Performance Profiling JavaScript

Visual Studio Code supports collecting and viewing performance profiles for JavaScript programs. To get started, you'll first need to have the debugger configured for your Node.js program or browser app.

Types of profiles

Depending on what you want to optimize, there are different kinds of profiles you may want to take.

  • CPU Profile - A CPU profile tells you where your program is spending its time while in JavaScript. Remember that, while you can wait on asynchronous promises or callbacks, only one JavaScript expression is executed at a time. The CPU profile collects about 10,000 samples per second to tell you which expression--if any--is being run at that moment.
  • Heap Profile - A heap profile tells you how memory is allocated over time in your program. Allocating memory can be costly, and reducing the amount of memory your code allocates can lead to performance wins.
  • Heap Snapshot - A heap snapshot is an instantaneous view of where your program has allocated memory. If you notice your program is using a lot of RAM and want to find out where it's coming from, a heap snapshot can be useful. Note that collecting a heap snapshot can take several minutes for more complex programs, and viewing heap snapshots is not currently supported in the built-in editor.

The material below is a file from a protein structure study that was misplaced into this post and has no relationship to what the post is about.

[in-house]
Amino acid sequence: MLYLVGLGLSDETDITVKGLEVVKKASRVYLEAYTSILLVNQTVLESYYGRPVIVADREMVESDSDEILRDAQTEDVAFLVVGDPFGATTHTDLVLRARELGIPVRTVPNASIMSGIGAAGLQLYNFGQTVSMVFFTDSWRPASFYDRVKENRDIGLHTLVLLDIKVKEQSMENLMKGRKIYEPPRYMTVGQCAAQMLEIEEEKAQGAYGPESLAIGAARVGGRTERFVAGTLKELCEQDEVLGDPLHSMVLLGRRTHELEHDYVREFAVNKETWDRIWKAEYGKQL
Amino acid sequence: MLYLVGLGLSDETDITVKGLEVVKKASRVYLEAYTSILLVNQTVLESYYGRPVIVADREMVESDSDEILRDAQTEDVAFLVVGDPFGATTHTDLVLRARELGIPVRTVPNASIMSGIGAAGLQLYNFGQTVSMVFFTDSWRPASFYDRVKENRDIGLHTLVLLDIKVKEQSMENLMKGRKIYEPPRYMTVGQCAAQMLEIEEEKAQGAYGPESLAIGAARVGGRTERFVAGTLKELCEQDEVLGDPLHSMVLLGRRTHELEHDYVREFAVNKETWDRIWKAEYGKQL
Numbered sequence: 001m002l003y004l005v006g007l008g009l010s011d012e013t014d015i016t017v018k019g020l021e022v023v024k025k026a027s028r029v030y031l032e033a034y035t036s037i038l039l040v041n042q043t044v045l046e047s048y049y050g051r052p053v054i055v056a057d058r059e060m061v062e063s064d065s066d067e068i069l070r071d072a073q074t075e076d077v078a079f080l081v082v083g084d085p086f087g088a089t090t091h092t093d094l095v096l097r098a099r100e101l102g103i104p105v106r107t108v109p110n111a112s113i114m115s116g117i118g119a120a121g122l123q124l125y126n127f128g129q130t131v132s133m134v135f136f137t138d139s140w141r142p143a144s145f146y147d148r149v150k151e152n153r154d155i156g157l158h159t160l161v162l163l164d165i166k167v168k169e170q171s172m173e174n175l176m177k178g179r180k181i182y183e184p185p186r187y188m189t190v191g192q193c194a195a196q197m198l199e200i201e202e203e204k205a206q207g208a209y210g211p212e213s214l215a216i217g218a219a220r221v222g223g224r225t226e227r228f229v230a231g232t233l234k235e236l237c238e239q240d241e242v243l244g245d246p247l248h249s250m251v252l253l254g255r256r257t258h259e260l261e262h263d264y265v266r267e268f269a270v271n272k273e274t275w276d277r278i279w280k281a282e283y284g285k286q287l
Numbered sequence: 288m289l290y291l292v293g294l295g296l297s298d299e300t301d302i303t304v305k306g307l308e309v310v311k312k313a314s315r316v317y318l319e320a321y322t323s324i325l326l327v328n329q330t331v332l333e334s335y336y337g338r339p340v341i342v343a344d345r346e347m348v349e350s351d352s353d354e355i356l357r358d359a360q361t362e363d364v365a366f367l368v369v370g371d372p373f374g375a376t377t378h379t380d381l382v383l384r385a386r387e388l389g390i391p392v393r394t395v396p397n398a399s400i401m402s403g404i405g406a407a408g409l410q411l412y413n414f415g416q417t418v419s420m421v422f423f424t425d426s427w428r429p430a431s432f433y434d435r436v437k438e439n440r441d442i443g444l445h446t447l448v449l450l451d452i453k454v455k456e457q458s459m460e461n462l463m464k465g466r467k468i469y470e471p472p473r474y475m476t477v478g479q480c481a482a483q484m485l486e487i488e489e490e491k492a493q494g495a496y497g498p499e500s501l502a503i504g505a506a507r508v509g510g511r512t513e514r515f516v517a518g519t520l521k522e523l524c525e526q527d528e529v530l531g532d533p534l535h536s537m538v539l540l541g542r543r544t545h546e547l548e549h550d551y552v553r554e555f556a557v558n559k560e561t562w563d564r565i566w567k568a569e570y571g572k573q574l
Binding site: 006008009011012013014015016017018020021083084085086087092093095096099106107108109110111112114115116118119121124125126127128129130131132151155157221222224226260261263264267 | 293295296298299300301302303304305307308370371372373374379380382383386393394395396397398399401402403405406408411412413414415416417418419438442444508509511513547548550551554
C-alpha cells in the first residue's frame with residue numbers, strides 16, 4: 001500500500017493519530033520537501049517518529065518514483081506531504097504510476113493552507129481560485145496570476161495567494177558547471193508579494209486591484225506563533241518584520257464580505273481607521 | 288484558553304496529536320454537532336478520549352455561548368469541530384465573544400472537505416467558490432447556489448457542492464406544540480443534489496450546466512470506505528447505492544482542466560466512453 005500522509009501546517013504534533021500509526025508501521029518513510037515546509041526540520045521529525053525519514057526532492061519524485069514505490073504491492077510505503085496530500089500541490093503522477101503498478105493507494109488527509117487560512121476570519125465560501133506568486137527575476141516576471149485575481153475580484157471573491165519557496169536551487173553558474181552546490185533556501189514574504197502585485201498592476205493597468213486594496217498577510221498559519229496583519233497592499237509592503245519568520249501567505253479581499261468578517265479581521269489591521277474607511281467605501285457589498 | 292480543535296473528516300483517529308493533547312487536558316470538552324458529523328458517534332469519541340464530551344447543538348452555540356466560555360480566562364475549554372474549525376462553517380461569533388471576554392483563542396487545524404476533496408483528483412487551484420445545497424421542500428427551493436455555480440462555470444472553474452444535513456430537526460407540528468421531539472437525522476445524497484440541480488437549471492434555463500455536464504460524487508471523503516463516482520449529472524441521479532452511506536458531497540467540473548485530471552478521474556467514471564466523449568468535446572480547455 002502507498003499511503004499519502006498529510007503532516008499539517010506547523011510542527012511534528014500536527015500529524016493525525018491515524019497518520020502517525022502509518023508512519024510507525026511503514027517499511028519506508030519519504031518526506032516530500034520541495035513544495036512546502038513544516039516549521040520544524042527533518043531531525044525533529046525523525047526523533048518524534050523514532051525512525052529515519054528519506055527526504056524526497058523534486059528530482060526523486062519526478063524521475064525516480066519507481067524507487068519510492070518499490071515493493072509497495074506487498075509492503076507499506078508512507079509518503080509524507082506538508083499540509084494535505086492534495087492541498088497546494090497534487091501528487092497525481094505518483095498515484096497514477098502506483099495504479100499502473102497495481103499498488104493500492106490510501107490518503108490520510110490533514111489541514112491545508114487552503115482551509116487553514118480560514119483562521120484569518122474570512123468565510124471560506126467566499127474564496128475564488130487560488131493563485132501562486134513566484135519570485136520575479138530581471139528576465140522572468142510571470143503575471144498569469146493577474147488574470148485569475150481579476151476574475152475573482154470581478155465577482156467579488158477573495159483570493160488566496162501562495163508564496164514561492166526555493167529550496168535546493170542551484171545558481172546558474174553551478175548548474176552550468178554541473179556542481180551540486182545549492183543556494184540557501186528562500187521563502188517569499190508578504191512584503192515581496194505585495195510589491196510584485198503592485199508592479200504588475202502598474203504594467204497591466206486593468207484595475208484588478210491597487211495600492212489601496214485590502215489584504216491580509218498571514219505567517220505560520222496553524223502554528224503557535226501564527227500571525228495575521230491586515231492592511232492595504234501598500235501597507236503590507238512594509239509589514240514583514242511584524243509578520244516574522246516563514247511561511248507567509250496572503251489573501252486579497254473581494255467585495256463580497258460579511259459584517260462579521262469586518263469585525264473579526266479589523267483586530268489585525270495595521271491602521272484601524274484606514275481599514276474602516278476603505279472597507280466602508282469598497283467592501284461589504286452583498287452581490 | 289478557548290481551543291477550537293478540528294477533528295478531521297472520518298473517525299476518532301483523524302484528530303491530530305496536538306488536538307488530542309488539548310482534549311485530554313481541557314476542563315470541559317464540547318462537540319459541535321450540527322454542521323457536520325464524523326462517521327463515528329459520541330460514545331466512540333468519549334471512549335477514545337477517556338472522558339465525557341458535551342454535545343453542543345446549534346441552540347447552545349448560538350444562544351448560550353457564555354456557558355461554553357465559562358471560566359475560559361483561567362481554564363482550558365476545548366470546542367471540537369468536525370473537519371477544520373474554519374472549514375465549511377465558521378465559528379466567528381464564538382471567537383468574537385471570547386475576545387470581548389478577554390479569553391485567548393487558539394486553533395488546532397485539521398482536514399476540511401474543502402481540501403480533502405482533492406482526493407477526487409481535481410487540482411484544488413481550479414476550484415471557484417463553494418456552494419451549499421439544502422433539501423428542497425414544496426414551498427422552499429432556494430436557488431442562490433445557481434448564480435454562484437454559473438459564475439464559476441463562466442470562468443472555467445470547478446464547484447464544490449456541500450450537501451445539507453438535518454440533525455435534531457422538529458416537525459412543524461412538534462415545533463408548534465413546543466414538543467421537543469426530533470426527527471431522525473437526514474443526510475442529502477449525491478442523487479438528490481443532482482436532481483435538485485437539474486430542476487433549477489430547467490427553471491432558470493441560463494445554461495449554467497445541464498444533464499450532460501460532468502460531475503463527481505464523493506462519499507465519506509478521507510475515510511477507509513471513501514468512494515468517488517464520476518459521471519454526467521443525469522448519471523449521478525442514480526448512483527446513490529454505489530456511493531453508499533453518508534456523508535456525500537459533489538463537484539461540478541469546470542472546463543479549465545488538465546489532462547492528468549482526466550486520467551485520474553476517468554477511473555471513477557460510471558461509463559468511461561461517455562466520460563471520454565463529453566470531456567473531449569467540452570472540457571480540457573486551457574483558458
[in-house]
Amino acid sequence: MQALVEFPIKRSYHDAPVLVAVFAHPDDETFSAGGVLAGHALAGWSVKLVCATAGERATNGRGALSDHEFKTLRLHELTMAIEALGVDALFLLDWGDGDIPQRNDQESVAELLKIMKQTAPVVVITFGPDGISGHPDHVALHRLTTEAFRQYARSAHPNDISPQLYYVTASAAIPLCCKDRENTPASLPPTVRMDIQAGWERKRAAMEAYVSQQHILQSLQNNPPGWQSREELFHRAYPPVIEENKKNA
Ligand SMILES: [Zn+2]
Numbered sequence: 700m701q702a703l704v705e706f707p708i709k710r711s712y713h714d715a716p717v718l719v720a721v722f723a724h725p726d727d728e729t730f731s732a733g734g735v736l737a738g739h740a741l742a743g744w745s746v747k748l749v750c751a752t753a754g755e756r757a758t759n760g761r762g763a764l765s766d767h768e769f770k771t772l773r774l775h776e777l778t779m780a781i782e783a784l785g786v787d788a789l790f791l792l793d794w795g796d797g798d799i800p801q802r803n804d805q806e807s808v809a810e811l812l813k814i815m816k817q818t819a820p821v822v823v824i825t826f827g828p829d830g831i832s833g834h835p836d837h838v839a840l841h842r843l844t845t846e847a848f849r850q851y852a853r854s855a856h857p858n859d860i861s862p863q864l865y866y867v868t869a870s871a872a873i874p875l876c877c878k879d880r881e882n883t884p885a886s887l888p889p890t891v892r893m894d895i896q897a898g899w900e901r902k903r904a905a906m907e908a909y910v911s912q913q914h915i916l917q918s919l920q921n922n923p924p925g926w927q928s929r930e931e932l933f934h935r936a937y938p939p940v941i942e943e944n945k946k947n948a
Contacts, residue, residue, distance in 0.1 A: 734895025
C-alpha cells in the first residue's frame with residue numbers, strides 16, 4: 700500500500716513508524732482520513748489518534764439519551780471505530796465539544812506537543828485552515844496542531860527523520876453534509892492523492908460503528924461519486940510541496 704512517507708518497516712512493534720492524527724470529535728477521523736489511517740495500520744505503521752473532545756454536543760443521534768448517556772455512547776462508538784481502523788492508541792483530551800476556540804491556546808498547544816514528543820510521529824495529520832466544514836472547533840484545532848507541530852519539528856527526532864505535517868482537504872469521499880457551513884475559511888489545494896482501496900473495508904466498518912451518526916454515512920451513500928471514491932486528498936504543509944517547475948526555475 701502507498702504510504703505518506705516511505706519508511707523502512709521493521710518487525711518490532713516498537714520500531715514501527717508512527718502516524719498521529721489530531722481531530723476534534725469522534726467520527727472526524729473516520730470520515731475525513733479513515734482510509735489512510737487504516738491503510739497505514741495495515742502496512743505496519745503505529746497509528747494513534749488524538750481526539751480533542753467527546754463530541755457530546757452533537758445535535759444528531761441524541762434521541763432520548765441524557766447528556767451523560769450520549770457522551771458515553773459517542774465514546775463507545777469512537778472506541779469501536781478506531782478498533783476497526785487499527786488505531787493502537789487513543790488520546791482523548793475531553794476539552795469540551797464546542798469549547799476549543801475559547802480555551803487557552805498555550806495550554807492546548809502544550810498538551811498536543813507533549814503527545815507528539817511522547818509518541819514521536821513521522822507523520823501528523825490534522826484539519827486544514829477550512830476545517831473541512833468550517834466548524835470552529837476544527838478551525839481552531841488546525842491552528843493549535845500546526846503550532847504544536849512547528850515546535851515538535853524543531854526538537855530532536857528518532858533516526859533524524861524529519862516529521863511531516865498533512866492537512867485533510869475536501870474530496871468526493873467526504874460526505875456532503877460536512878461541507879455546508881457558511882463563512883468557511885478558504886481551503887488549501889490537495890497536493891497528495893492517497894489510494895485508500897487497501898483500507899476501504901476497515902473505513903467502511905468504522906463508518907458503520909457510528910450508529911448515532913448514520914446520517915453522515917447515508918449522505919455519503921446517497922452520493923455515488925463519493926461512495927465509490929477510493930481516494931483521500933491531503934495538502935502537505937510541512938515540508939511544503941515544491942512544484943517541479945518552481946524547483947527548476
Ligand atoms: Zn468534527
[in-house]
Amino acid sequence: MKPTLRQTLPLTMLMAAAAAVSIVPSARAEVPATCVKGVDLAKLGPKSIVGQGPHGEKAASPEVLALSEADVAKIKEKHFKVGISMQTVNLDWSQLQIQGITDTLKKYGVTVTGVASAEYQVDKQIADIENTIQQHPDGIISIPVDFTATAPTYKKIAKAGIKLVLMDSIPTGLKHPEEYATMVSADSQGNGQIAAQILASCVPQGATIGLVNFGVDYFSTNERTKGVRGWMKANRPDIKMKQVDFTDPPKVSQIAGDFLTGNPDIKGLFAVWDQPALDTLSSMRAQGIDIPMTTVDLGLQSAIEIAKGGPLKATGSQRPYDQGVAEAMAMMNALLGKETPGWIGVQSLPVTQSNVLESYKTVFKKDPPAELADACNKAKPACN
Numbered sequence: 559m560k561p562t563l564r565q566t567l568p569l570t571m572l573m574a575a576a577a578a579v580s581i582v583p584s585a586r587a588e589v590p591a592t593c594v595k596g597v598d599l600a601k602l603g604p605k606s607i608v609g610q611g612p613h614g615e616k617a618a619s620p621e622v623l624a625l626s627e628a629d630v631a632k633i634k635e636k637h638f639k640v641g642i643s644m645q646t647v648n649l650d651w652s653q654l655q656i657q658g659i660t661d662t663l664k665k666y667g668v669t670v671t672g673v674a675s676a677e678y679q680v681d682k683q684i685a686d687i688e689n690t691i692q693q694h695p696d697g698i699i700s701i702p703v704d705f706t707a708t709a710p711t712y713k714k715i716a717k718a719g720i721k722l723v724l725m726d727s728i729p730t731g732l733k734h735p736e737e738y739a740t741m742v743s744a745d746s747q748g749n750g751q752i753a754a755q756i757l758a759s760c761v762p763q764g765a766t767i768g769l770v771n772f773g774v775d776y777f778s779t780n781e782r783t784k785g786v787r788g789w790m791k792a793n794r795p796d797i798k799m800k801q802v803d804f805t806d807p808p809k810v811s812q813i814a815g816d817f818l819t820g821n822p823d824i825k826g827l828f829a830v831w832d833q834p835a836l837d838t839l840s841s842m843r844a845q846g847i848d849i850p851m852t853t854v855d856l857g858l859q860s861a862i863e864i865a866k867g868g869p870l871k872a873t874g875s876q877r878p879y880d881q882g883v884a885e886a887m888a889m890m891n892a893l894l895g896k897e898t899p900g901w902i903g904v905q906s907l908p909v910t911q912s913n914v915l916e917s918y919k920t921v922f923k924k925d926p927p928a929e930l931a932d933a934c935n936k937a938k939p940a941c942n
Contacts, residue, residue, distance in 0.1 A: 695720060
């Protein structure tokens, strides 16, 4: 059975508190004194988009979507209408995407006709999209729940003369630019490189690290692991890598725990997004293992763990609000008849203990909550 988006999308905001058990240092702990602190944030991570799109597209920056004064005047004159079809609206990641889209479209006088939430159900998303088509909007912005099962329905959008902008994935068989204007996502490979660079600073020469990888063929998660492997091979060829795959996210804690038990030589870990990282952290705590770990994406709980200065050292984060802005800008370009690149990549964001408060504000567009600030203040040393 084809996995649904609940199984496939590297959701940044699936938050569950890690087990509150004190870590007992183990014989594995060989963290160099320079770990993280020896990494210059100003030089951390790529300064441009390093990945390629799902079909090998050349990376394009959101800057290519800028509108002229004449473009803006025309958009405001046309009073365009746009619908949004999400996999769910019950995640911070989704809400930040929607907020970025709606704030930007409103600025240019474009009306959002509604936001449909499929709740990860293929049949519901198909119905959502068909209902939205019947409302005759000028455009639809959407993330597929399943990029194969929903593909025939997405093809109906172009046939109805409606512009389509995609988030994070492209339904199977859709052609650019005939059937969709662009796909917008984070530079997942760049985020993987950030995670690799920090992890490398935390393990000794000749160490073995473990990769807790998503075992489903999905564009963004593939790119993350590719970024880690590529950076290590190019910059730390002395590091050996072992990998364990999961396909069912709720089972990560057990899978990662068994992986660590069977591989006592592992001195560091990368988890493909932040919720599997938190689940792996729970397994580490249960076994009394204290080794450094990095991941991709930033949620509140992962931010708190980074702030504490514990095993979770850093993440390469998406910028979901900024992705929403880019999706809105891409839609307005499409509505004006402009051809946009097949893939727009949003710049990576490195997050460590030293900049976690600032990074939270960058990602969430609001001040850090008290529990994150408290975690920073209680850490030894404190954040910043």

Collecting a profile

To collect a profile, you'll need to be debugging your program. Once you are, you can collect a profile through a few methods:

  • Using the 'record' button in the Call Stack view. This allows you to take CPU profiles, heap profiles, and heap snapshots.
  • By calling console.profile() in your program. This will collect a CPU profile.

Using the record button

Once you're debugging, switch to the Run and Debug view (⇧⌘D (Windows, Linux Ctrl+Shift+D)), and find the Call Stack view. Hover over the session you want to debug, and select the Take Performance Profile button. You can also run this command from the Command Palette (⇧⌘P (Windows, Linux Ctrl+Shift+P)).

Screenshot showing the button

VS Code will then ask what type of performance profile you'd like to take; pick the one that's relevant for you.

Finally, VS Code will ask when you want to stop taking a profile. You can choose to either:

  • Take the profile until you stop it manually.
  • Take the profile for a set duration.
  • Take the profile until you hit a certain breakpoint.

If you chose the first option, you can stop the profile by clicking the big red "record" icon shown in the debug toolbar. After the profile is collected, the profile viewer will open automatically.

Using console.profile

You can manually instrument your code using calls to console.profile to start a profile, and console.profileEnd to stop a profile. A CPU profile will be collected between these two call sites.


The resulting .cpuprofile will be saved in your workspace folder automatically. You can select that file to open it in the built-in profile viewer.

Analyzing a profile

Table view